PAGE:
Dear Members of the Campus Community...
Arizona Summer Wildcat
UA President Peter Likins
As I welcome you back to this academic year, your most striking initial impression is probably that you have walked into a construction zone.
That impression will become more pronounced as time goes on. It's been more than a decade since there was this much building on the campus.
I am not able to minimize the noise and inconvenience you will experience this year, and next. I do want to tell you that the heart of this University is undergoing a transformation that will change the character of students' experience here.
The Integrated Learning Center is the building that starts with a gigantic excavation in the Mall. It is one of the most exciting buildings we will build on this campus because the design of the building is intended to actually change the behavior of students. Specifically, the ILC is intended to turn freshmen into sophomores, and increase our retention rate.
How can a building do that? Vice President for Undergraduate Education Mike Gottfredson has proposed a mix of classrooms that includes large auditoriums equipped with the technology of the future, to small discussion rooms. It has tutoring and advising available right outside the classroom door, and faculty have offices next to their classrooms. In addition, a computer commons will be open 24 hours a day. Because all freshmen will take a class or two a day in this building, they are able to make friends more easily. It will provide first-year students with a strong, flexible support system. If they become discouraged or overwhelmed, the very design of the building directs them to places where they can get help.
The first eight or 10 weeks of construction will be the hardest to get through. Excavating the giant hole where the ILC will be built will mean trucks leaving campus every few minutes. It will only seem like an eternity; actually, the excavation will be over long before Thanksgiving, if all goes well. The rest of the construction should be less intrusive because it takes place mostly below ground. When the ILC is complete, the Mall will be restored to its current condition except that there will be a little more grass than there is now and a roadway that has been transformed into a friendly pedestrian and bicycle experience.
Then, there is the new Student Union/Bookstore; a building that also will become the heartbeat of the campus. Our current Union has grown awkwardly over the years. It is now a series of three lumpish buildings, with innumerable leaks, rusting pipes, and structural problems. It would have taken $14 million dollars in asbestos abatement and fire code accommodations just to keep the old Union open.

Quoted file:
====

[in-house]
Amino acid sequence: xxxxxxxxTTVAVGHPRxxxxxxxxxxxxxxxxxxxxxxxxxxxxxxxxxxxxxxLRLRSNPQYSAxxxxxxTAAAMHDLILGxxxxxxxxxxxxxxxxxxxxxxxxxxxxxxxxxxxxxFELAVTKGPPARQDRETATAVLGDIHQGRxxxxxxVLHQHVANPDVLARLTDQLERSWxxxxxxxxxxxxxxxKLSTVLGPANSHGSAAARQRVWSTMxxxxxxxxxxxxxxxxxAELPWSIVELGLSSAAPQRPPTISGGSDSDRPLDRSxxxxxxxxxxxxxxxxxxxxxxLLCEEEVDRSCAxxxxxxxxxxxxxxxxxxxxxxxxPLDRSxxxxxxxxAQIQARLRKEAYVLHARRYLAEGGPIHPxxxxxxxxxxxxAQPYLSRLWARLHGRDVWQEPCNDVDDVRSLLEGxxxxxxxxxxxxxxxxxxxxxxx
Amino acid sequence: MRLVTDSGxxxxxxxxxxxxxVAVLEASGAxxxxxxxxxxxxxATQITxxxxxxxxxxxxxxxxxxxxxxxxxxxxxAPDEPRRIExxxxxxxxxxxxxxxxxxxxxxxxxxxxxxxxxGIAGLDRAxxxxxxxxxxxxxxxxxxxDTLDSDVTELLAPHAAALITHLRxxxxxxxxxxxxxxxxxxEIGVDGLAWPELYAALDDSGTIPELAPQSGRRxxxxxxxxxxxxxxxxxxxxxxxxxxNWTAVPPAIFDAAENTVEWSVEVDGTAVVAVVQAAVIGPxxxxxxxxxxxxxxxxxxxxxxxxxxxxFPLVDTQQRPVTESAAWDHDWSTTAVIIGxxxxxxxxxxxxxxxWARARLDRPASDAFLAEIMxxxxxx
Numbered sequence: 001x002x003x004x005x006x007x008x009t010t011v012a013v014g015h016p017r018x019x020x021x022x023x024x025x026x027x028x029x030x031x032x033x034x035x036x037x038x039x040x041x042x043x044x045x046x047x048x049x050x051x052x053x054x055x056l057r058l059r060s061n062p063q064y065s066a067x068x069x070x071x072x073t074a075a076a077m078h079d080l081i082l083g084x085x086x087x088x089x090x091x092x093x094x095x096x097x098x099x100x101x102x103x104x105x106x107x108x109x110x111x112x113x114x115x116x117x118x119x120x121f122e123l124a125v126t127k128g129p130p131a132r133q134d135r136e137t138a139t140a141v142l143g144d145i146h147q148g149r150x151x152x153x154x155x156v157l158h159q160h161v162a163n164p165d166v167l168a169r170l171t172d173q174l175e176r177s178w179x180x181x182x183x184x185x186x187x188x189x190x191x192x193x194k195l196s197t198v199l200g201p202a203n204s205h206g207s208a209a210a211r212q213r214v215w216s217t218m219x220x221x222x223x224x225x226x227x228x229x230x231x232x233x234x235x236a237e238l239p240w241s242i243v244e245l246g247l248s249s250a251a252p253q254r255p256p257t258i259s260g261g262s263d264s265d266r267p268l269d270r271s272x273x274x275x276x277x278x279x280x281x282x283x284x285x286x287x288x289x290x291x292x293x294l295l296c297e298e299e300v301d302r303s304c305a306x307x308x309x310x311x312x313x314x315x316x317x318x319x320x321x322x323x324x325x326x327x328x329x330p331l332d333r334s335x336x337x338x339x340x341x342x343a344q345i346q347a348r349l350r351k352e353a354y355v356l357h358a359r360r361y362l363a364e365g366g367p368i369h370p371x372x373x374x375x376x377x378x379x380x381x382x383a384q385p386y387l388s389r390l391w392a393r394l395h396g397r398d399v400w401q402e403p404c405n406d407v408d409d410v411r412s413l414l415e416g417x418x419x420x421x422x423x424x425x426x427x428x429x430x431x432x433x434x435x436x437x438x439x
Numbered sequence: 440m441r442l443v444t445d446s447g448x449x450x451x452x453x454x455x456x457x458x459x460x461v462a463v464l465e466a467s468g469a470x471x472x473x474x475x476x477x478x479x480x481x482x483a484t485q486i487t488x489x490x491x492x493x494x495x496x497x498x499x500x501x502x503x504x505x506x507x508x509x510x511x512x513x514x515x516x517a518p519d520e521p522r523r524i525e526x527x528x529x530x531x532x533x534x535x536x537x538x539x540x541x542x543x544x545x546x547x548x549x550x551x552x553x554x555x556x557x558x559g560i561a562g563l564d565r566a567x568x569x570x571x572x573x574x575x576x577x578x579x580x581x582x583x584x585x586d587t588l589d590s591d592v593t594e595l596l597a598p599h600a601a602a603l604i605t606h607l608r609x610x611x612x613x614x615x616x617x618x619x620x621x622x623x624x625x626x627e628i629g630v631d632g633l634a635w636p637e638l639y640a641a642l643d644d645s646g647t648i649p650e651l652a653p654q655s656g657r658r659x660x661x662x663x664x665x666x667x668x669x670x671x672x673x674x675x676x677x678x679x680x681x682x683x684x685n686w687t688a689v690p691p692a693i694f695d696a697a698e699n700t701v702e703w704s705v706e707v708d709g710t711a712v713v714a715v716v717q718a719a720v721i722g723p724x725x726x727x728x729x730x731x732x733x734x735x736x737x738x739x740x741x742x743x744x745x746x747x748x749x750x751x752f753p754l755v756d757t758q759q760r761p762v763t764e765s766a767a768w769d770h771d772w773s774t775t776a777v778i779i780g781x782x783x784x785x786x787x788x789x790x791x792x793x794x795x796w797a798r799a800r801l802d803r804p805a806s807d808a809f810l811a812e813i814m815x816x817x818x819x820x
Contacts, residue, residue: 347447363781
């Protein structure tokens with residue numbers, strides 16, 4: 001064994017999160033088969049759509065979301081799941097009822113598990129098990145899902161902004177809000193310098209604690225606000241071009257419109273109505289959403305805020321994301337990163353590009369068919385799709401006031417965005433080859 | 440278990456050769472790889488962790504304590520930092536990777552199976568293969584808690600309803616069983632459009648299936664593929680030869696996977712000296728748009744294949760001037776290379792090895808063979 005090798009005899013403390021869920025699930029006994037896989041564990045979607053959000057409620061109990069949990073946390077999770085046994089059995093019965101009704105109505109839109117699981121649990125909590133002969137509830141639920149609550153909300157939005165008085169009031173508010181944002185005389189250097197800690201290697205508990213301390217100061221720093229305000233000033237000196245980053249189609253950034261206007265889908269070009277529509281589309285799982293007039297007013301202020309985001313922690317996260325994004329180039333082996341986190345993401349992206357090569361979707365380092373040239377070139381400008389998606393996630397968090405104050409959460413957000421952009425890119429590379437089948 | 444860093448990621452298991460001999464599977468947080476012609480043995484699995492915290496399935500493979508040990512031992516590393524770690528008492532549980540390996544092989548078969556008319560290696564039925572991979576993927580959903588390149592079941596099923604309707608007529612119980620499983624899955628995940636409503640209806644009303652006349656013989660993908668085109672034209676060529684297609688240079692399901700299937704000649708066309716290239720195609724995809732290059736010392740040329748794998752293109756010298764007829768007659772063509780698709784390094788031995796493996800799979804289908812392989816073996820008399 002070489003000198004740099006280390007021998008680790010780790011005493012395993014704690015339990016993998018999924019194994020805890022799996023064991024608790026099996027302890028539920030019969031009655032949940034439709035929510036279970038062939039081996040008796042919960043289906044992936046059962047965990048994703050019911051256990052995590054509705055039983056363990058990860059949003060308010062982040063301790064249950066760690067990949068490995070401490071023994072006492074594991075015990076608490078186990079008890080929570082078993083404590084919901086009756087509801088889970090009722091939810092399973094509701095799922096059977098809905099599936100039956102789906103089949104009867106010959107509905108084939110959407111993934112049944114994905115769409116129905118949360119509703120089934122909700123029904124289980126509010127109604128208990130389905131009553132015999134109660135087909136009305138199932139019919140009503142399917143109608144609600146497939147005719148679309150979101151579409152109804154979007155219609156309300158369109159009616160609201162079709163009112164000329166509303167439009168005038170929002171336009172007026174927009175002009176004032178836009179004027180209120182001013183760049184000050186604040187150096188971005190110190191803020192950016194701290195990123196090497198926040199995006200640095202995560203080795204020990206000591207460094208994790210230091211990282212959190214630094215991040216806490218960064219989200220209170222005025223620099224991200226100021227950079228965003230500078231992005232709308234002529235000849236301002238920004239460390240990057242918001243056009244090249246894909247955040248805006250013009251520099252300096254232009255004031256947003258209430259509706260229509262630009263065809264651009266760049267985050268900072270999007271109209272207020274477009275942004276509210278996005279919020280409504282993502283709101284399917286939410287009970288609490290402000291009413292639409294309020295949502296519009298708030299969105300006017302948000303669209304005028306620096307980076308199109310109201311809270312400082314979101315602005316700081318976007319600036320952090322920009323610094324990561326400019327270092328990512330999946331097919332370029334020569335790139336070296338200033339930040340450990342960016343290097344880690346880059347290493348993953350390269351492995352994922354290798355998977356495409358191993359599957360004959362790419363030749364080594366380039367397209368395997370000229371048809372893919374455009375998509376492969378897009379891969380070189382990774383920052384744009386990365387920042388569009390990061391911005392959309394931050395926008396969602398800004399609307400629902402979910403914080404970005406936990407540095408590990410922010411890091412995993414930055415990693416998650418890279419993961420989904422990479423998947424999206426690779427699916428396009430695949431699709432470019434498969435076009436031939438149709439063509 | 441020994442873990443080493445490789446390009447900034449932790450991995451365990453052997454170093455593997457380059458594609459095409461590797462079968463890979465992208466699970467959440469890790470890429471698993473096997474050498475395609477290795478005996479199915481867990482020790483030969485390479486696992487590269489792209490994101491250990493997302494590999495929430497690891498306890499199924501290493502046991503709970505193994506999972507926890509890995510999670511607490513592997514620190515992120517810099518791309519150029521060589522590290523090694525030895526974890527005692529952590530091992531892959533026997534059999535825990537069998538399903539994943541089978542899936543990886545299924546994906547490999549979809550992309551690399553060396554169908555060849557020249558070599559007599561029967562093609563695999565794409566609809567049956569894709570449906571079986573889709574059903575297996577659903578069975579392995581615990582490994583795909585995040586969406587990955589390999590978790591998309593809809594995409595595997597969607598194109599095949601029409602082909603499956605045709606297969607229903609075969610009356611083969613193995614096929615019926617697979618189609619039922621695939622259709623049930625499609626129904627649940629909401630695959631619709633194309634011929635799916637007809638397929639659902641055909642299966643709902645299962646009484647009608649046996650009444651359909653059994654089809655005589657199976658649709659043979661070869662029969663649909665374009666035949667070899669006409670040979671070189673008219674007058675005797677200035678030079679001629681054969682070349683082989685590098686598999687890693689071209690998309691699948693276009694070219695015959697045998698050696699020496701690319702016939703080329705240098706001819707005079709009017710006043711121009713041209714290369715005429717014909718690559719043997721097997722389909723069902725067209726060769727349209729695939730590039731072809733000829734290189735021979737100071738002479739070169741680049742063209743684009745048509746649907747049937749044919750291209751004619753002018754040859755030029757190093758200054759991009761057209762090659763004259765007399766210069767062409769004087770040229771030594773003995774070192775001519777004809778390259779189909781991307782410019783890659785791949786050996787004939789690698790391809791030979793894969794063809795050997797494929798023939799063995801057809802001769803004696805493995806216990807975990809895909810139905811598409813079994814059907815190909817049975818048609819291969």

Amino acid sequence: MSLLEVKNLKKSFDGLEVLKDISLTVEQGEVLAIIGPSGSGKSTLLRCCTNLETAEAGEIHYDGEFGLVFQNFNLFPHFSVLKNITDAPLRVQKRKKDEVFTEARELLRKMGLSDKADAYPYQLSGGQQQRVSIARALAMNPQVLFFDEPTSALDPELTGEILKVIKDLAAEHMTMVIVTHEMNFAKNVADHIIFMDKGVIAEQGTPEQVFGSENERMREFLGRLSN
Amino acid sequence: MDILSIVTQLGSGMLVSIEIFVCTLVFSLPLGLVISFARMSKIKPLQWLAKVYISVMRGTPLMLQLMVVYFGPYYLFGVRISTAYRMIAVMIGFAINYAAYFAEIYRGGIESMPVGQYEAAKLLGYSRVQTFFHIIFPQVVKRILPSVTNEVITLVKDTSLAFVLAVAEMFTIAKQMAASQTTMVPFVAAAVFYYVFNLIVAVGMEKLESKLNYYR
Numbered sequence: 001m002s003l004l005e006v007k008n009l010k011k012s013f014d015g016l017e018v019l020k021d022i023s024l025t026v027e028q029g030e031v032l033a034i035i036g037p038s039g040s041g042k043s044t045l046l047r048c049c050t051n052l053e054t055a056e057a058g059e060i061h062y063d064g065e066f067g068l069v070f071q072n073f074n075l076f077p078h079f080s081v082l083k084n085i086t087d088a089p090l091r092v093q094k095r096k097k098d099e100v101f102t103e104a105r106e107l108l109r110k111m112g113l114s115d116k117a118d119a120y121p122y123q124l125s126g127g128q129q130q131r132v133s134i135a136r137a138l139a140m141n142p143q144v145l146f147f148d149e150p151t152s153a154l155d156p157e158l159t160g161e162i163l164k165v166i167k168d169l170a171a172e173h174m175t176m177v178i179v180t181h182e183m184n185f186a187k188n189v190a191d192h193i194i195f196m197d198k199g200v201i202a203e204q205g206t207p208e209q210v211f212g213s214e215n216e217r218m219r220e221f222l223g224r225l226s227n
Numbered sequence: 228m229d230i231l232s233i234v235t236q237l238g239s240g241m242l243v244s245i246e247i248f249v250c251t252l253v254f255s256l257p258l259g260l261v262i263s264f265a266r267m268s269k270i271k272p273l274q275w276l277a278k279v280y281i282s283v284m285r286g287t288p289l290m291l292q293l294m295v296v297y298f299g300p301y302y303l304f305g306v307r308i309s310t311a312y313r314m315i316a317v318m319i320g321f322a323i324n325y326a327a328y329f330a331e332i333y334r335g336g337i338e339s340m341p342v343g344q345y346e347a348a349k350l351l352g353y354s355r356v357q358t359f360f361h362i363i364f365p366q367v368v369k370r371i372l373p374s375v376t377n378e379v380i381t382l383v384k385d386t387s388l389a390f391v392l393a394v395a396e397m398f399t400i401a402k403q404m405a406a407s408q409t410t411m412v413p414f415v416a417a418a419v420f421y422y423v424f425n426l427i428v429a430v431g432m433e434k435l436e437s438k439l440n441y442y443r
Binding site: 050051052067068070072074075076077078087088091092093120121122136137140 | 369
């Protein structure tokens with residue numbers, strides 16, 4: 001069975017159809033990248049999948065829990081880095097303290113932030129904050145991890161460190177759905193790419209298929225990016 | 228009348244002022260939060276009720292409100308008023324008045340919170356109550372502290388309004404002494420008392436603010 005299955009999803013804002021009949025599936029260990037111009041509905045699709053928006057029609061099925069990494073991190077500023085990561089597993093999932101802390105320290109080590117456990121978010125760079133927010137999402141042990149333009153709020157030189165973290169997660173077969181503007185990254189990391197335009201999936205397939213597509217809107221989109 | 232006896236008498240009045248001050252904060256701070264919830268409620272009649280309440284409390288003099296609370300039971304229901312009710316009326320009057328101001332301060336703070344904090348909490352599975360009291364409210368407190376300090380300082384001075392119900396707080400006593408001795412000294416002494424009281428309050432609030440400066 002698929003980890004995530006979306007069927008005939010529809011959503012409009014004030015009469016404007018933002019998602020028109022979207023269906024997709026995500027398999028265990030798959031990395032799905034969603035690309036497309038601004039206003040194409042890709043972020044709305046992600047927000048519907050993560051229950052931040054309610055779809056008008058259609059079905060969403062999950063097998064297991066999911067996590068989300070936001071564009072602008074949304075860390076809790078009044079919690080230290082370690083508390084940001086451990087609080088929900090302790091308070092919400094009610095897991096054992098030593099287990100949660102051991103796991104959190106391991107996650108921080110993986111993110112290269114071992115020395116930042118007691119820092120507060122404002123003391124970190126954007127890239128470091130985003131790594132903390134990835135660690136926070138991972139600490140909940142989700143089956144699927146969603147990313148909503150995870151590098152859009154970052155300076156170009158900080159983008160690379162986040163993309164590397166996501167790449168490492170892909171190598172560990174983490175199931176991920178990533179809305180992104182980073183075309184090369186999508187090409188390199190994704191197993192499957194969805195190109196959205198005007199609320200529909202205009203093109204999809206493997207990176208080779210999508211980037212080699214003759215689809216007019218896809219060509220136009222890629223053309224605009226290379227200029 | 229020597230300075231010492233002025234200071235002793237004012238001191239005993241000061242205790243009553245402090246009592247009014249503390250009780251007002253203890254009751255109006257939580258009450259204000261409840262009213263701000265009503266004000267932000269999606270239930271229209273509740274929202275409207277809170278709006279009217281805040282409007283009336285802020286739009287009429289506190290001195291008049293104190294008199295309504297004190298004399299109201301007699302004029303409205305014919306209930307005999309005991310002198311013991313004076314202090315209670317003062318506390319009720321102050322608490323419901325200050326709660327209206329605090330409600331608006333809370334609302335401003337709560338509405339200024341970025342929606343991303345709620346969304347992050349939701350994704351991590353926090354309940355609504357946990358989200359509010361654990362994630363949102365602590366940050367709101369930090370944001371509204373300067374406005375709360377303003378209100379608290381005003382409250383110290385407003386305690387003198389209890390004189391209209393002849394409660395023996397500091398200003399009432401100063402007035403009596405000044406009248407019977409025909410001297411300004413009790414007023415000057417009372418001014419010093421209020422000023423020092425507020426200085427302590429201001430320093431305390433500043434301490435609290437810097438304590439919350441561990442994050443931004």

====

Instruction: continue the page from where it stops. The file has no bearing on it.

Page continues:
I won't even try to describe the new Union. It's spectacular! I don't think there will be another Union/Bookstore in the country that can match it. With UA alumni and students on the design-build team, the sensitivity to historical detail and futuristic use of the space is unique and powerful.
The most amazing part is that the design team has come up with a plan that will allow us to keep the Union and Bookstore open during the entire construction period. During Phase I, you'll buy your books and have your meals where you always have while they build a new food service area on the east side and a new bookstore on the west, to be completed in 2001.
Just about the same time, Steward Observatory will begin work on a much needed addition. That work will close the southbound lane of traffic on Cherry Ave. from Second Street to the Mall. The sidewalk on the west side of Cherry will be closed also.
Meantime, you'll wind your way to classes and meetings around three construction sites and construction companies moving trucks on and off campus during the day and far into the evening. It won't be fun, but it will be well worth the inconvenience in the end.
So many people have been involved in creating and implementing the vision for this building that Vice President for Campus Life Saunie Taylor says, "It takes a village to raise the Union."
If you have questions or need information during the construction period, you can call the construction hotline, 621-NEWU, or log on to the construction web site at uaconstruction.opi.arizona.edu, or, check the Arizona Daily Wildcat for regular reports.
Young people have a phrase they use for difficulties that can't be helped.
"Deal with it," they say. We may have to collectively deal with much more noise, dirt and disruption this year than we ever anticipated, but I have faith that we have the vision to see past the dust, and into the future.